Battling The Elements Year-Round

May 2009 Vol. 64 No. 5

Whether it’s summer or winter, Minnesota’s landscape can pose problems for construction crews. “In Minnesota, being the ‘land of 10,000 lakes’ is not misstated. We had a lot of bog conditions,” says Walters, who served as project superintendent on the job. “Actually, the severe cold helped us in the winter because a lot of those wetlands in the spring would have been almost impossible to work in.”

But the winter also posed its own special challenges. The advantage of the ground being frozen is that it allowed Jinkerson and Walters to more easily position and maneuver their equipment on the jobsite. The disadvantage was difficulty in finding equipment that could cut through it.

“The frost in that part of Minnesota and in that time of year was as much as eight-feet deep,” Walters says. “Let’s say you have to have a six-inch bed, a 24-inch pipe and four feet of cover. Then you’re talking about a seven-foot excavation. It couldn’t be done without cutting the frost.”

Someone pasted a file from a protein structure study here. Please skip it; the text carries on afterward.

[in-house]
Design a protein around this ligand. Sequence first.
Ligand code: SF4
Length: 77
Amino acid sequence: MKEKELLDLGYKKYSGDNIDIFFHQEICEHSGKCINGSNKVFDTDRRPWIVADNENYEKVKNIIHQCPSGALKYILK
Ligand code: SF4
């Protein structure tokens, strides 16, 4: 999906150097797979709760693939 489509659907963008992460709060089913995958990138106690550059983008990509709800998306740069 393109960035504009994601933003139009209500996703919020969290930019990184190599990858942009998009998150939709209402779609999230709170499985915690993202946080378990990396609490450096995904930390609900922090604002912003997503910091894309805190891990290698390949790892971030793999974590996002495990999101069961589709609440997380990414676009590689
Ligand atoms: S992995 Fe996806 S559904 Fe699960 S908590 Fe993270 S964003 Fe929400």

Rockwheels: not just for rock

At first, they tried a bulldozer with a ripper attachment, but the ripper was unable to penetrate deep enough and score the ditch adequately to where crews could then excavate. They had also contemplated using a traditional trencher or ditch machine, but decided against it because the equipment’s bulkiness and heavy weight prevented it from being easily moved from location to location.

That’s when Jinkerson and Walters took another look at the company’s arsenal of equipment and settled on the Vermeer RTX1250 quad-track ride-on tractor with a rockwheel attachment. “Henkels has several of these machines in its equipment fleet, but none of them were available when we needed them, so we had to rent all of them,” Jinkerson says.

Rockwheels are typically used to cut rock, but Jinkerson hoped the attachment would work just as well on frozen soil. All they needed was for the rockwheels to cut the ground deep and wide enough so that they could then excavate. Capable of cutting rock in depths up to 40 inches and widths ranging from 4 to 12 inches, the machines’ shank rotary carbide teeth help increase cutting performance in tough conditions.

“The rockwheel is thin, so we had to make a couple of passes with it. It would open up the trench, and then we would clean the trench with the excavator and obtain our required depth requirements,” Jinkerson says.

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